This isn’t to say that there are no flaws here—lacking the music of punk’s heaviest hitters, Mitchell instead plasters every bedroom wall with posters, to a degree that made me wonder how Enn was either buying or stealing so many. (Compare with Bev’s room in It, with her two precious posters: one Siouxie Sioux and one Cure, which felt so real and told us so much about her.) The characters also talk about bands maybe a little too knowledgeably? Would a trio of Croydon teens know The New York Dolls, for instance, who were only just getting big on the Lower East Side in 1977? But then again I was so pleased the Dolls got a shout out I kind of didn’t mind…

There is also a musical scene that can either be read as a swipe at Across the Universe, or as an utterly heartfelt ode to love and transcendence that is a little over-the-top even for me… but again, I was happy to accept the movie as it was, even when it got a bit silly. I’ll also say that while the movie captures the tone of Gaiman’s story it doesn’t resemble it beyond that, but I’m honestly glad Mitchell took a horror story and turned it into this yearning scruffy movie.

Now about that fluidity. This movie makes space for two arcs that complicate the essentially hetero tale of first love at its center. One concerns a character gradually realizing their bisexuality, which would be interesting on its own, but is also complicated with questions of consent. There is also a point where a character comes out as asexual, which is a little dodgier, but it also gives us a striking moment of difference in a film that is saturated with different types and expressions of physical affection. And yeah, I’m talking about sex a lot, because this is the director who made freaking Shortbus, and he has never danced around desire.

The film’s other theme, also absent form the story, is the idea of the older generations feeding on the younger. This comes up in the alien groups, as the movements and experiences of the young aliens are controlled by their elders. It’s also present, obviously, in the Earthling’s love of punk. Why should a kid growing up on the edge of poverty, with no job opportunities and no hope for a brighter, happier Britain, care about the Queen’s Jubilee Year? Why should anyone try to create anything new when the world is so grey and dull? How can there be any hope when the economy is flatlining and Thatcher looms on the horizon? Will we, aliens and human alike, evolve, or will we die? As the movie makes beautifully clear, where there’s music, there’s hope. Where a kid spends his time drawing new characters and learning how to think for himself, there’s hope. Where a girl is willing to leave her family on a quest for adventure, there’s hope.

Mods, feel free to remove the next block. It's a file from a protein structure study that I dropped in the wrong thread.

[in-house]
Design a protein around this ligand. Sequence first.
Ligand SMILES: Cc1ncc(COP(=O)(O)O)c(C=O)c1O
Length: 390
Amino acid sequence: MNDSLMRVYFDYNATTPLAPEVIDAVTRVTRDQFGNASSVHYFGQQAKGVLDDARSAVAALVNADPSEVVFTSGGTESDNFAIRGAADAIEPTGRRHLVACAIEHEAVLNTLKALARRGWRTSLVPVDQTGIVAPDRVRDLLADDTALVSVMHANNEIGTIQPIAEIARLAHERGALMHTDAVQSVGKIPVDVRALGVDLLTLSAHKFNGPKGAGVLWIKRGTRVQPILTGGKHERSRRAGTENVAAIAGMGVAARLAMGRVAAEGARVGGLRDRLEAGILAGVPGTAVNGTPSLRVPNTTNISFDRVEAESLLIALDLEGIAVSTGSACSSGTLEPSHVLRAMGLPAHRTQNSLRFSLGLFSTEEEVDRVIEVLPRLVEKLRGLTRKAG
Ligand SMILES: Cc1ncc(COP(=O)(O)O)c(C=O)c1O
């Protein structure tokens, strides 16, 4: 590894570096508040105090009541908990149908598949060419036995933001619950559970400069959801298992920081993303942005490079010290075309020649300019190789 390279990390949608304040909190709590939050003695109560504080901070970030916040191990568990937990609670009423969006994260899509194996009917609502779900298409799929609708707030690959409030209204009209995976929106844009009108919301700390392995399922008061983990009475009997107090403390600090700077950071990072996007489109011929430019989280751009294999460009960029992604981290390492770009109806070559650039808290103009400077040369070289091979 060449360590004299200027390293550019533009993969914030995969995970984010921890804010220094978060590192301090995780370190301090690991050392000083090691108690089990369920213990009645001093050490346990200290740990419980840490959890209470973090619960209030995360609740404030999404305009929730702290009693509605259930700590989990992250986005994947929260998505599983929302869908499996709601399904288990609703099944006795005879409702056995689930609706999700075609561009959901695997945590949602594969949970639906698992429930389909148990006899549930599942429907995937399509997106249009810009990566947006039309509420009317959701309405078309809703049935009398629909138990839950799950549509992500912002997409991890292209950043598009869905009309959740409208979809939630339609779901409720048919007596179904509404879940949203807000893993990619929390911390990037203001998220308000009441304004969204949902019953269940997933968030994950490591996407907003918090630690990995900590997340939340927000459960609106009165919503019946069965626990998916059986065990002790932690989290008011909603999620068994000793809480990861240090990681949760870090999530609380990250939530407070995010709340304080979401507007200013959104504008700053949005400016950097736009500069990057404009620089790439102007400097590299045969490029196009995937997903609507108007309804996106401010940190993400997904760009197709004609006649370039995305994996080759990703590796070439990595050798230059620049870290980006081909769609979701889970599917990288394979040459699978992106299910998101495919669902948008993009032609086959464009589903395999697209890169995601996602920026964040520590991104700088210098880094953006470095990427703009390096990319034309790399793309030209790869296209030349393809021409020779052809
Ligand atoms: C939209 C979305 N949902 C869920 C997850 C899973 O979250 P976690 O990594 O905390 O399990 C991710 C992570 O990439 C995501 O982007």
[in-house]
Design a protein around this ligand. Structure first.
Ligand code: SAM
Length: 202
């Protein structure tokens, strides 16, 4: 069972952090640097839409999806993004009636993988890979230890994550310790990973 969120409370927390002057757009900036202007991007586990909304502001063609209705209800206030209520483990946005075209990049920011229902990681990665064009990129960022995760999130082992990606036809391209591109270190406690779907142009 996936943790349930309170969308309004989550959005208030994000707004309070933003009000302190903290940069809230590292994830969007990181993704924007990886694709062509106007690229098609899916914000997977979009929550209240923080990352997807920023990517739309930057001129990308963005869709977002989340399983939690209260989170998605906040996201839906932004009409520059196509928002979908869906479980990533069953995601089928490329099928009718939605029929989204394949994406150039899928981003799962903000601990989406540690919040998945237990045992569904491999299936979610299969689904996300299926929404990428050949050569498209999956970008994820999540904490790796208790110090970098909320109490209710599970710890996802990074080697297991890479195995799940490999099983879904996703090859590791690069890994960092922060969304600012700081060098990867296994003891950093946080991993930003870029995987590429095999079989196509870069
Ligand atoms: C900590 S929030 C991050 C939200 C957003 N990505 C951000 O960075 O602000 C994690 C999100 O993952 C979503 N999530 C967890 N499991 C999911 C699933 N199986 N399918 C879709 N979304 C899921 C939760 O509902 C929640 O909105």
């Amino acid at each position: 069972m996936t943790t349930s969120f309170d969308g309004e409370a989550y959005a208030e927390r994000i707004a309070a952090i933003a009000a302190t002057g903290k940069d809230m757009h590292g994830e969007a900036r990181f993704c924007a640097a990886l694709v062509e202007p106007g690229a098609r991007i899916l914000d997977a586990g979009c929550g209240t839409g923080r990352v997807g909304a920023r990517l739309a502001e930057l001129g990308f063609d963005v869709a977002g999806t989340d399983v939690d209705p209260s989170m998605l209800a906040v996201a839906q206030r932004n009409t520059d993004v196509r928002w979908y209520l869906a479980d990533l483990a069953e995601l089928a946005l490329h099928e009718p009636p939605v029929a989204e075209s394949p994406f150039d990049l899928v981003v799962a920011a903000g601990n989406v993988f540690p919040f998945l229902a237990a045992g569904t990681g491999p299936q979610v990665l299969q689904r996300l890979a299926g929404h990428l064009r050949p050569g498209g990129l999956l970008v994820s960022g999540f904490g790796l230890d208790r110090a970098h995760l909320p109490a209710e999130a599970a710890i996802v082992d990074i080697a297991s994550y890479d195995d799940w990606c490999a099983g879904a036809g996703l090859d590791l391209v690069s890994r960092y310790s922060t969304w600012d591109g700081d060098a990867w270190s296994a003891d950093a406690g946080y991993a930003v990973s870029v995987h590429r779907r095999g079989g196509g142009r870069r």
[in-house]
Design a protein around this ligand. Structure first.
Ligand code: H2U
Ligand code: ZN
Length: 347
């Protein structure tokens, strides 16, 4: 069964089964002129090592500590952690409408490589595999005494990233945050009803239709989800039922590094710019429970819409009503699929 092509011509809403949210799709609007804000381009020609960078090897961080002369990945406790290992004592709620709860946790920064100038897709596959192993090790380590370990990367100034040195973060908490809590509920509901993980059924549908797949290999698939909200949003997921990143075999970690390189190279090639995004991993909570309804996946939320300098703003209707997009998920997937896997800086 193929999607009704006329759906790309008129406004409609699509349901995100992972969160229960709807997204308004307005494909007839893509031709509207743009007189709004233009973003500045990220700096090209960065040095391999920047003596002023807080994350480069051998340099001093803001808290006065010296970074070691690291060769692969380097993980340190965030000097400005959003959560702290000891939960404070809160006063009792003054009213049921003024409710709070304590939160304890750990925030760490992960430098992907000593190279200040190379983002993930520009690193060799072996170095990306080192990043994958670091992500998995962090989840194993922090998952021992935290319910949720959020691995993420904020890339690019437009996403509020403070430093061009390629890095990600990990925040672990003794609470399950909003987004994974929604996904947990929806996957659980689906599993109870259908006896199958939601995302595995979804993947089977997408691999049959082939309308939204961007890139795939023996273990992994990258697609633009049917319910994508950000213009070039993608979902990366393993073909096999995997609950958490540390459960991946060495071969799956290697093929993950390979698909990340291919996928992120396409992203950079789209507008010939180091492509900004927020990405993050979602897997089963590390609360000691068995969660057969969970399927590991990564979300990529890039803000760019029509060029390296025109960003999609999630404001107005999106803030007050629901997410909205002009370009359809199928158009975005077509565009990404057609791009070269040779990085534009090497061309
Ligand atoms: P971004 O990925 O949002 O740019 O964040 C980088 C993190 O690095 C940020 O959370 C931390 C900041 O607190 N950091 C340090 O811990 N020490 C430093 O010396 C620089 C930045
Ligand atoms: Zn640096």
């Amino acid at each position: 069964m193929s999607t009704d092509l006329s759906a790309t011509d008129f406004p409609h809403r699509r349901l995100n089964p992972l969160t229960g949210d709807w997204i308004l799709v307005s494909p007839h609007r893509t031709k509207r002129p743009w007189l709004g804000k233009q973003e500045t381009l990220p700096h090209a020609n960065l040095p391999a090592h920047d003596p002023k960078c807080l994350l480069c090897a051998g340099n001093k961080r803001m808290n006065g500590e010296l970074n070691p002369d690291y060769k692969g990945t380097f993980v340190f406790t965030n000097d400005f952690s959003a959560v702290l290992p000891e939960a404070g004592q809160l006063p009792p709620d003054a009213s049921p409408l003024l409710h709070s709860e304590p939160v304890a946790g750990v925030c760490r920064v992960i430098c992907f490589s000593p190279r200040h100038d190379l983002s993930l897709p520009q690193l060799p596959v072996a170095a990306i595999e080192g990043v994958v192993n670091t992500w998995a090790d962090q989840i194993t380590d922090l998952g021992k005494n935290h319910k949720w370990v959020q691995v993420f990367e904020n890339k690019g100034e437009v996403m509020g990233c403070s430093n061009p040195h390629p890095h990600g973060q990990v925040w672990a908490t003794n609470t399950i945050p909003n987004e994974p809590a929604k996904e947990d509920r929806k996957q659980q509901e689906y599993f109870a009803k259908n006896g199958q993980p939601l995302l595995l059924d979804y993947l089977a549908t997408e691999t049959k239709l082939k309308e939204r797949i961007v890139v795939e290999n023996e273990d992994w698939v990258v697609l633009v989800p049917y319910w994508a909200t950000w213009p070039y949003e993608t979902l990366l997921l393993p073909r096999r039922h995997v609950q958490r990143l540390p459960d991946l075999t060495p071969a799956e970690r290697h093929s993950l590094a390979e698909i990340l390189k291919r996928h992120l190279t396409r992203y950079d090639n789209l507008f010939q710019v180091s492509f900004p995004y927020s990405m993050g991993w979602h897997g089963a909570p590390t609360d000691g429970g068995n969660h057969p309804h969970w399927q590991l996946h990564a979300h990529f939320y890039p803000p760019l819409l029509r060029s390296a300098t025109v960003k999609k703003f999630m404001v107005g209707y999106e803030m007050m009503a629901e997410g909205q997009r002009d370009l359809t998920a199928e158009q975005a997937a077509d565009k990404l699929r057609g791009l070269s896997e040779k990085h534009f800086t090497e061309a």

I’ve seen plenty of reviews saying that the movie is messy and unfocused, and to that I say, hell yeah it is. Do you want a clean, precise movie about punk? A thorough-going quantification of love? Fuck that. How to Talk to Girls at Parties is weird and fun and will actually make you feel something, and as far as I’m concerned it’s worth more than all the Solos, Ant-Men, and/or Wasps Hollywood wants to throw at a film screen this summer.

Leah Schnelbach doesn’t need anyone to take her to the punk. She knows that punk is an energy field created by all living things. It surrounds us and penetrates us; it binds the galaxy together. Come slam dance with her on Twitter!